An open letter to Topshop
October 7, 2010, 11:34 am
Filed under: other | Tags: , , , , , ,

Dear Topshop,

I am sorry to report that I will not be shopping with you again in the forseeable future. You have lost a loyal advocate purely on the grounds that you are wholly unable to communicate with your customers.

I visited the store on Friday 1st October to browse through your shoe department and found a pair I liked, however the price was not labelled. I wandered around for several minutes trying to find someone to help me, before coming across a group of your employees chatting loudly in the middle of the store, about their weekend plans. I’m not fussed by things like this usually, however it was lunchtime, the store was heaving, and there were other customers looking for assistance too. When I finally got their attention, I was told rudely by one of the girls that the shoes were £100 before she turned back to her conversation.

Irritated, but still keen to purchase the shoes, I took them to the counter to pay. Imagine my surprise when the cashier asked me for £160, not the £100 I was told they were. Embarrassed, I left the shoes at the counter and left the store very disappointed.

When I got back to my office I did what many would do and tried to communicate this issue with you via Twitter. Maintaining such an active twitter stream, I expected you to be listening as well as broadcasting, but I guess I was wrong. After several hours and no response, I tried again. Straight away another user commented on the situation and his message was retweeted by other users. Clearly an issue I’m not alone on.

Still no sign of acknowledgement from you, and very irritated, I decided to email your customer services department later that day. I even offered some professional advice on how to better manage your twitter feed. Straight away an auto-reply came back which informed me that “this is an acknowledgement only and we will reply to you within 24 hours”.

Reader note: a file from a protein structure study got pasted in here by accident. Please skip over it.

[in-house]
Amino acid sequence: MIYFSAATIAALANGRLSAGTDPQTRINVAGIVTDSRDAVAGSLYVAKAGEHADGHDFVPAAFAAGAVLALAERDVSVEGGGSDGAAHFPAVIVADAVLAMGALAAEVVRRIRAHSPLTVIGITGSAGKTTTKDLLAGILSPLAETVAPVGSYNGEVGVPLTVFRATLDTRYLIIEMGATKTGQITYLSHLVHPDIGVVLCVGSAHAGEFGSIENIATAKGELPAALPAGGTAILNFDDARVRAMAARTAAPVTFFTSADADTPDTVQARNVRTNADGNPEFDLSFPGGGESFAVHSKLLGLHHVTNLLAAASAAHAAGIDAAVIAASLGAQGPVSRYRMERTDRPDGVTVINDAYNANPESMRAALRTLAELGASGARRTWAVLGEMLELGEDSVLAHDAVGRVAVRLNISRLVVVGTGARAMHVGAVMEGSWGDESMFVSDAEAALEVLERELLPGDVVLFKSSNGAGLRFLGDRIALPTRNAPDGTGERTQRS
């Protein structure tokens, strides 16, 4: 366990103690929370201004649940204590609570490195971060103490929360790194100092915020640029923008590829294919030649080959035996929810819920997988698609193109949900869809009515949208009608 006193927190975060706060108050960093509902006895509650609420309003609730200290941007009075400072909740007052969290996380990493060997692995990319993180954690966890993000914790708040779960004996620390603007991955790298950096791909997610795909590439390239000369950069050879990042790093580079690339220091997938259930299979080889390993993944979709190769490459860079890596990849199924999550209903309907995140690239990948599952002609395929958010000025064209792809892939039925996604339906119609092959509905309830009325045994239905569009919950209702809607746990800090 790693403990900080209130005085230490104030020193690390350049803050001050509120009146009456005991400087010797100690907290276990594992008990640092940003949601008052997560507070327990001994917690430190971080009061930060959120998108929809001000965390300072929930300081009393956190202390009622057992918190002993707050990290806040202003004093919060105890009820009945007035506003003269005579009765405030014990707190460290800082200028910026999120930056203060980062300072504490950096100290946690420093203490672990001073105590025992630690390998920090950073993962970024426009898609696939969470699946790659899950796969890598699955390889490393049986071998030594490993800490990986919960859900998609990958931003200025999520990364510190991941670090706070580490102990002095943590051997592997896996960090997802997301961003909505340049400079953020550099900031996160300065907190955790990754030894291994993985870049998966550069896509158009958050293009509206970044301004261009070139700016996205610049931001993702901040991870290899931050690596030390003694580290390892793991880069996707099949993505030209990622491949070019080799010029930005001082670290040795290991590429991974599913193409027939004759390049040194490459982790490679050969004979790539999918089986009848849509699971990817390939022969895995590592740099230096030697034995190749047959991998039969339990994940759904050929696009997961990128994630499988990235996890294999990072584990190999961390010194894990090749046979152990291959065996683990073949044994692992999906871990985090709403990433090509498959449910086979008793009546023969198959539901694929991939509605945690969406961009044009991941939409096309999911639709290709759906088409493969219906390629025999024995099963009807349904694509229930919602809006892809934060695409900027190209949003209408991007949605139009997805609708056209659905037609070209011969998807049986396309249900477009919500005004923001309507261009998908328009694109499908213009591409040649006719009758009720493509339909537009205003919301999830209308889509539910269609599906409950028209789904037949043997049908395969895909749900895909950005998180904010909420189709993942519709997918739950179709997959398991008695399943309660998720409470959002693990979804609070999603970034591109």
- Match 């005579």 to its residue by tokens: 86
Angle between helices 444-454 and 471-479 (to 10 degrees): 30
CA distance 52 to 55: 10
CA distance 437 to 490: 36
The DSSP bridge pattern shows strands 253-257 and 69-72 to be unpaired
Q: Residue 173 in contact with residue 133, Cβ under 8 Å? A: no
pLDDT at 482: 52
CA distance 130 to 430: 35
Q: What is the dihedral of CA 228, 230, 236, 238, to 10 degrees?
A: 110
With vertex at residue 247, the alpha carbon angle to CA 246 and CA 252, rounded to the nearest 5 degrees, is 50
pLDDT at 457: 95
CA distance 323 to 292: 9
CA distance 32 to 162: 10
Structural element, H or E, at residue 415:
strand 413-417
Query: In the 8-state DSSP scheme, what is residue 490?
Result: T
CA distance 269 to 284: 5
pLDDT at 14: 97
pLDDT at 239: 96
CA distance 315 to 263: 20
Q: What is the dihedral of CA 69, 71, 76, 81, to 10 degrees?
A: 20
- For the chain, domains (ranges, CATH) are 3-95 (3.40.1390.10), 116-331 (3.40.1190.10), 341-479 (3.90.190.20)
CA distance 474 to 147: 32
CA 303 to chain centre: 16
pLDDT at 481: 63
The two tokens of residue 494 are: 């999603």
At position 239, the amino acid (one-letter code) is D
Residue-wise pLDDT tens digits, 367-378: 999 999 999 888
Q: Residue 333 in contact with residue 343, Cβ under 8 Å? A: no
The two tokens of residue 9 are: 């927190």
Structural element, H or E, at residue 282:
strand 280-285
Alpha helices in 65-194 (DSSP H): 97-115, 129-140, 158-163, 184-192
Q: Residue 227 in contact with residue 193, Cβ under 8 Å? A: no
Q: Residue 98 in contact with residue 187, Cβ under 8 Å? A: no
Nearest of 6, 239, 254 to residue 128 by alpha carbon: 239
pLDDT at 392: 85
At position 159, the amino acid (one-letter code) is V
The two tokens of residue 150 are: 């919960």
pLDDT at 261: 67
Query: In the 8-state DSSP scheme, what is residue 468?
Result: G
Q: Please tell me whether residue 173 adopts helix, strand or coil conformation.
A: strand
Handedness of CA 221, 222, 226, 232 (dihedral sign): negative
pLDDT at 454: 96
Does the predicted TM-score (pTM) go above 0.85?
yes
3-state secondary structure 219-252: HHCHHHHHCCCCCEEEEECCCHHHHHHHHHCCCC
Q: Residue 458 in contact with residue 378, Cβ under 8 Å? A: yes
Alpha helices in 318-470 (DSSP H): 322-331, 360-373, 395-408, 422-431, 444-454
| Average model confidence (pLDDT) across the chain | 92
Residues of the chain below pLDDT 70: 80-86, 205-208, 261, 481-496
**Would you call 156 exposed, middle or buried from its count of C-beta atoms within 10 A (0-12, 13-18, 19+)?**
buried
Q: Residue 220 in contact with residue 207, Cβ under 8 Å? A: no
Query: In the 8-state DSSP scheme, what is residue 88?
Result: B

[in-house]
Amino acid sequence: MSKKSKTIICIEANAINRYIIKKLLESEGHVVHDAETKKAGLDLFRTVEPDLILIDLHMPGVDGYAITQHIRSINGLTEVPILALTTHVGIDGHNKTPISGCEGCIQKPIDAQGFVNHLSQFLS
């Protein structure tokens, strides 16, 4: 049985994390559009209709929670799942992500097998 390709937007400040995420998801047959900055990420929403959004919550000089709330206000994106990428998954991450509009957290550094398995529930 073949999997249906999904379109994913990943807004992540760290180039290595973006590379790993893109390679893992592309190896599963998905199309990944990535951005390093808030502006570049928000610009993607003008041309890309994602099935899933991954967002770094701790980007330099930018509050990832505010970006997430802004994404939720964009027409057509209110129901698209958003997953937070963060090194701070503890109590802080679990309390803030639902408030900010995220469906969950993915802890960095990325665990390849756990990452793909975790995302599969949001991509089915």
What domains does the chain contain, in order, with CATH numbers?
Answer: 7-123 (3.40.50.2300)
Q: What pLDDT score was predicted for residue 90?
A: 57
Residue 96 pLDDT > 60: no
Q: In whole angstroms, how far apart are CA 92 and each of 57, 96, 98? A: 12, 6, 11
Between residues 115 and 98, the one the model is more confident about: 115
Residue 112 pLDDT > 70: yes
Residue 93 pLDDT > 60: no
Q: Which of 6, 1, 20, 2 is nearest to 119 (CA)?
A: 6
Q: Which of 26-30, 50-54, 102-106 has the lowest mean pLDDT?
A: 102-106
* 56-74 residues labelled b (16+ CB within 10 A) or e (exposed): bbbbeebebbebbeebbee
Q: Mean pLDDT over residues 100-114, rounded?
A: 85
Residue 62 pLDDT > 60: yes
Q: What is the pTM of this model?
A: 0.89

106 hours later and now very angry, I decided to email you one more time before venting my frustration and disappointment on my blog. Another auto-‘acknowledgement’ and another let down. Blog post it is then.

So, if anyone from Topshop is listening, let me summarise. Customers do not like to be ignored, least of all when they have an issue they need to communicate to you. All it needed was a friendly tweet saying ‘sorry to hear about your experience, we’ve taken note of it’. Having an online presence is a good thing, but only if you intend to engage with your community instead of spewing brand messages out aimlessly. Imagine meeting a friend to tell them something important, and they spend the entire hour talking about themselves and not listening to a word you say. Annoying, right?

You would do yourself a big favour if you spent more time nurturing relationships with your online community instead of, quite frankly, exploiting the following you have. If you damage one relationship online, you bear a significant risk of damaging a relationship with an entire community.

Over to you, Topshop. Let’s talk.


Lauren Severin (

*UPDATE 15:35 07/10/10: Topshop responded to me shortly after I posted, very apologetic but only addressing the poor in-store experience. I have requested a response about the Twitter / communication issue and I will update again.

*UPDATE 22/10/10 I recieved another email, this time from the Arcadia Group, who had been alerted to my post via Twitter and they wrote a very sincere apology about my difficulty in getting through to them via email and Twitter. I don’t know if it will change anything in the grand scheme but we can only hope. Thanks to everyone in my community for shouting about it and thanks to Topshop / Arcadia for eventually addressing the matter.

8 Comments so far